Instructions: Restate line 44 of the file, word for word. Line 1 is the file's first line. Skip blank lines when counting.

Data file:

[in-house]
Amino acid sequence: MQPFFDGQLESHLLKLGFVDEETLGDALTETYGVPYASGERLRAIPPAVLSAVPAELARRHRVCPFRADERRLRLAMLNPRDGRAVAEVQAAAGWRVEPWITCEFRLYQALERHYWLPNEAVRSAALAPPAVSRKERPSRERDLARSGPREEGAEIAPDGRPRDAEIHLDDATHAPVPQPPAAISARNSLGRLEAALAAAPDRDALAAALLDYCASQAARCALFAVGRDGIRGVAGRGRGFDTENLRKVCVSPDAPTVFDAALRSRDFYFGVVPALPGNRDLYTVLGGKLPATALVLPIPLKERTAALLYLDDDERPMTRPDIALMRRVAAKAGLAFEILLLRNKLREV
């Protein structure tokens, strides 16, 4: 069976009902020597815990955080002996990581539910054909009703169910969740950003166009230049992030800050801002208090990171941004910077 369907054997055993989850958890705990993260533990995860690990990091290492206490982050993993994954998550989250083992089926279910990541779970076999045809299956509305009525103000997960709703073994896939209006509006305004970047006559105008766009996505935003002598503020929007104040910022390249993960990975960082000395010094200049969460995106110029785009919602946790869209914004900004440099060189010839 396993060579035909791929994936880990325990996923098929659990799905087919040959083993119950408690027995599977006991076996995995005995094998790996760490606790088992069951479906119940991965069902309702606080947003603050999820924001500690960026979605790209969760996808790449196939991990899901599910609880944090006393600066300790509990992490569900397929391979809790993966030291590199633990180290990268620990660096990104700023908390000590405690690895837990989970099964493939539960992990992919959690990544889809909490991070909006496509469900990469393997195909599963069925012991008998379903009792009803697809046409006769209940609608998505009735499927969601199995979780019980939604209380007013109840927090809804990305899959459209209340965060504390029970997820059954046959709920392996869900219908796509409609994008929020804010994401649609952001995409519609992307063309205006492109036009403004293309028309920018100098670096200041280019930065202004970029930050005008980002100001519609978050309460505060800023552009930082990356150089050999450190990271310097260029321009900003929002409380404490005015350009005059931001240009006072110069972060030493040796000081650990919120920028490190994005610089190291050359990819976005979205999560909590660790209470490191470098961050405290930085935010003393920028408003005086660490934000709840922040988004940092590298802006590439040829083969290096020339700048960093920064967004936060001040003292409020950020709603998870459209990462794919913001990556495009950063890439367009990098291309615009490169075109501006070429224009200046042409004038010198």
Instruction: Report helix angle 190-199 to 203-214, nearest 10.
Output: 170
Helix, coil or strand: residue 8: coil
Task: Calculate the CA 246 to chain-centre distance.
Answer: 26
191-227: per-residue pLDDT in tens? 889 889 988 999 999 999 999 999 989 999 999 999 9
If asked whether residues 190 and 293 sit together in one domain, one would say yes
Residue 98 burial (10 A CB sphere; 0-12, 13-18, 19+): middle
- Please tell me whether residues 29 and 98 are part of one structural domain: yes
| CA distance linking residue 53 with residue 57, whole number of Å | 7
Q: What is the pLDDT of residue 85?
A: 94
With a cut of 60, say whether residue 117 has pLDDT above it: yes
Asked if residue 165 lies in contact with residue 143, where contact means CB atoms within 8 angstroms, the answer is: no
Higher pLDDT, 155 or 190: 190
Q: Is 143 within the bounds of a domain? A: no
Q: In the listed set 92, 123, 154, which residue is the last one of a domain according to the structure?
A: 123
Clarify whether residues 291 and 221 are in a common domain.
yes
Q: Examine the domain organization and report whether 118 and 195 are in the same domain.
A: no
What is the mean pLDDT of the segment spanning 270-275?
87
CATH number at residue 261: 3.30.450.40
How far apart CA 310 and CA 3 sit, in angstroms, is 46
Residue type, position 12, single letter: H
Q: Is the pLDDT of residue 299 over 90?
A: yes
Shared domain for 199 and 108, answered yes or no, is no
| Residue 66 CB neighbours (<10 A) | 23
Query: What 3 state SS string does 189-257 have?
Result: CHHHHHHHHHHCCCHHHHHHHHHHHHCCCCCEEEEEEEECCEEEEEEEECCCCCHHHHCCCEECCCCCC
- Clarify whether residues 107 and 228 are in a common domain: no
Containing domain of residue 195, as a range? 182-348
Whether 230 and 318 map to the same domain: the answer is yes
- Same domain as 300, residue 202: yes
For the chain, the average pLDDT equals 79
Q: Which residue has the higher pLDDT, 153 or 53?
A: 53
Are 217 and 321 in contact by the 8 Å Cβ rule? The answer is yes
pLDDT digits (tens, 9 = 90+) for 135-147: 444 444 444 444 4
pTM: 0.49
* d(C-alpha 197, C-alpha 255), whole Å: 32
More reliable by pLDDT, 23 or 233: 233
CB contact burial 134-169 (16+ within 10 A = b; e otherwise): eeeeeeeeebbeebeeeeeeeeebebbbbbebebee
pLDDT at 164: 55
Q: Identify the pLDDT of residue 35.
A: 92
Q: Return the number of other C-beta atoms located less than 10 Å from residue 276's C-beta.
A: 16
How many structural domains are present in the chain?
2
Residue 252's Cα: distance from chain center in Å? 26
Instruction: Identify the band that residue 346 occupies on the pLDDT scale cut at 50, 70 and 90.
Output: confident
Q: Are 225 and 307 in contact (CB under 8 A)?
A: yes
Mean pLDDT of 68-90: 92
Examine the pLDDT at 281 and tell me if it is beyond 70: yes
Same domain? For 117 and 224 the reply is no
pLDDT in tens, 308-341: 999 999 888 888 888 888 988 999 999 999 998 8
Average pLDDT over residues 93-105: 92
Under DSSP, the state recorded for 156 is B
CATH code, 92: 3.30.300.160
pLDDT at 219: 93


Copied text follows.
Are 217 and 321 in contact by the 8 Å Cβ rule? The answer is yes